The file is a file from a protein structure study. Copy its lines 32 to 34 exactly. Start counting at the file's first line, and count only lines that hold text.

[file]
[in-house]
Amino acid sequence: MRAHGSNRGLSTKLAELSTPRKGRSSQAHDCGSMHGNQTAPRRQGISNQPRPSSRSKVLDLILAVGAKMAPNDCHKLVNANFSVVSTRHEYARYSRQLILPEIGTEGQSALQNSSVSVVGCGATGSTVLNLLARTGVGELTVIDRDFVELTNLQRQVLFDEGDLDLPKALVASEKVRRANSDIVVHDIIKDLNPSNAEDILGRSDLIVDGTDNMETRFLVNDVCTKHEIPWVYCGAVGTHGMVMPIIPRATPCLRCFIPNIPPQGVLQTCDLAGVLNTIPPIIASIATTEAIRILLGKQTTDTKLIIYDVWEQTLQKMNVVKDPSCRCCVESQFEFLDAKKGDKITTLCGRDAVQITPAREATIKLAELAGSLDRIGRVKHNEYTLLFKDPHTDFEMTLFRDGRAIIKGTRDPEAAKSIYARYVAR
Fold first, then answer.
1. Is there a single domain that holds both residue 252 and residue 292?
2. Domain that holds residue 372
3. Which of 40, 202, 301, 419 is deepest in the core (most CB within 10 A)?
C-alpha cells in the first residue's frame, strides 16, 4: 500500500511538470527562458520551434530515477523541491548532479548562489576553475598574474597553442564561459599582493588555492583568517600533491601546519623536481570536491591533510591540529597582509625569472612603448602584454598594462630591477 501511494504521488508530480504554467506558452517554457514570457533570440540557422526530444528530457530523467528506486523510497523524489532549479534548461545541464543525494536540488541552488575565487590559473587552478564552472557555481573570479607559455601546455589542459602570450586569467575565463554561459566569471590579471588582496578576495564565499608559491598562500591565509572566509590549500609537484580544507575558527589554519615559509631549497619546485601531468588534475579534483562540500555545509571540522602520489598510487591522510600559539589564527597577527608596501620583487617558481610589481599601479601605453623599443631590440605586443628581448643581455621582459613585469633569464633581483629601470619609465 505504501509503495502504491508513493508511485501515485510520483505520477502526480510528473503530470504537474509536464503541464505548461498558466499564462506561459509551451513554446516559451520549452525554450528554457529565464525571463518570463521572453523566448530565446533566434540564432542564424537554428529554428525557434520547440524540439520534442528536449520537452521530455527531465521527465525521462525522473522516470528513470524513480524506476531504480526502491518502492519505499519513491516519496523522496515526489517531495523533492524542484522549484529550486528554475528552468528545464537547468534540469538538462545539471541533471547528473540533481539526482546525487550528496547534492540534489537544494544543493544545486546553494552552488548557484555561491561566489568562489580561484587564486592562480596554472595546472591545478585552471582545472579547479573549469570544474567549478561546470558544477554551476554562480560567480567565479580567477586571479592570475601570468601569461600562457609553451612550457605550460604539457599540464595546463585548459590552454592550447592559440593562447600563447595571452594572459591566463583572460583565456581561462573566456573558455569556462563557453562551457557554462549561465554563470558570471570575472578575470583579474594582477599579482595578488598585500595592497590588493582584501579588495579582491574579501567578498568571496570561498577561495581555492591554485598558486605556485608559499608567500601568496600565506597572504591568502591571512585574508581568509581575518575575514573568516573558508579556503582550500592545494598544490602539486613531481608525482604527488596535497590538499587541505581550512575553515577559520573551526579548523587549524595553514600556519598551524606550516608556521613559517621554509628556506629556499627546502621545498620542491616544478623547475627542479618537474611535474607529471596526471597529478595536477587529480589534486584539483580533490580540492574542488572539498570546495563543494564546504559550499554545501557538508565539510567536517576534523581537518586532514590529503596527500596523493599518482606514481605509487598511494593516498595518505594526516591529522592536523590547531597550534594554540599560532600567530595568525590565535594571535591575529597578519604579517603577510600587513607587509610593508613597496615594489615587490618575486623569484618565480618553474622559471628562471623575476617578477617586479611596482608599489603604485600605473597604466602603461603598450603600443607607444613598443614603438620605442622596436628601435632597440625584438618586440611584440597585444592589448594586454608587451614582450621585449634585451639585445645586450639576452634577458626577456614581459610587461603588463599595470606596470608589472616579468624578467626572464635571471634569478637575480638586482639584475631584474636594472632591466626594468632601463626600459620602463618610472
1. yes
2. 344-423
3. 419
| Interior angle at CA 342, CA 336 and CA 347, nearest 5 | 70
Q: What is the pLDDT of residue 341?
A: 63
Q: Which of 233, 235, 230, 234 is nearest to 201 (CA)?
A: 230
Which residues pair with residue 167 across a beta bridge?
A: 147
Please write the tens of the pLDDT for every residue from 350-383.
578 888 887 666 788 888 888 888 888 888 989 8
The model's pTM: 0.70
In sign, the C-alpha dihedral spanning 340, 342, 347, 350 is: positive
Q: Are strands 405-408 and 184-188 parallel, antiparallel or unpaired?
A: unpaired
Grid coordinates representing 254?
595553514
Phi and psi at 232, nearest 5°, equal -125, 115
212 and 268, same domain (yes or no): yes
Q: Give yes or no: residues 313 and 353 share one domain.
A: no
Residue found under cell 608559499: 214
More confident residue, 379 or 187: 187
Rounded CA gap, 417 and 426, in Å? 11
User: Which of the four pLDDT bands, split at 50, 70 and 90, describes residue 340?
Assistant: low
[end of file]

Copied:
Rounded CA gap, 417 and 426, in Å? 11
User: Which of the four pLDDT bands, split at 50, 70 and 90, describes residue 340?
Assistant: low